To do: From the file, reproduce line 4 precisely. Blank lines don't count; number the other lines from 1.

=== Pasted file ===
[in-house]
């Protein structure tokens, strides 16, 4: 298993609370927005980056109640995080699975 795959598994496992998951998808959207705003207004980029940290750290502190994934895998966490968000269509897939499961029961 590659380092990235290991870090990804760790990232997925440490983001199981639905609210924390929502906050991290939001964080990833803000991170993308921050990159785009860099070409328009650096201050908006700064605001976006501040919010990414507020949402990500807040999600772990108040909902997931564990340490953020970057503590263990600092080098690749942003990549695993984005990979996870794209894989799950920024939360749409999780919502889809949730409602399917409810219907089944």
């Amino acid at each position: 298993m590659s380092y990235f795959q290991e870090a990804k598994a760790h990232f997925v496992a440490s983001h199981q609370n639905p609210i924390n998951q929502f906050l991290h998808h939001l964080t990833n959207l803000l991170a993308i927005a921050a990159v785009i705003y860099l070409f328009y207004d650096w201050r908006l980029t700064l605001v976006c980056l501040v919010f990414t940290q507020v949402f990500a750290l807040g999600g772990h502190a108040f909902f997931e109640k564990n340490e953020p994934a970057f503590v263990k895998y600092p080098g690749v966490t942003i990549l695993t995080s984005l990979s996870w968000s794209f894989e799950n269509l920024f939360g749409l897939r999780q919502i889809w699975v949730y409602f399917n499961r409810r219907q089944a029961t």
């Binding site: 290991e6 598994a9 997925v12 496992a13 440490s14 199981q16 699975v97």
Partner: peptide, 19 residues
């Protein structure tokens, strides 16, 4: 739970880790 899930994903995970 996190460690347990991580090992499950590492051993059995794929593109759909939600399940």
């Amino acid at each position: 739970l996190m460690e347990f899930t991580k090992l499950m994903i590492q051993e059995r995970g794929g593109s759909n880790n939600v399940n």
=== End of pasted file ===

């Binding site: 290991e6 598994a9 997925v12 496992a13 440490s14 199981q16 699975v97």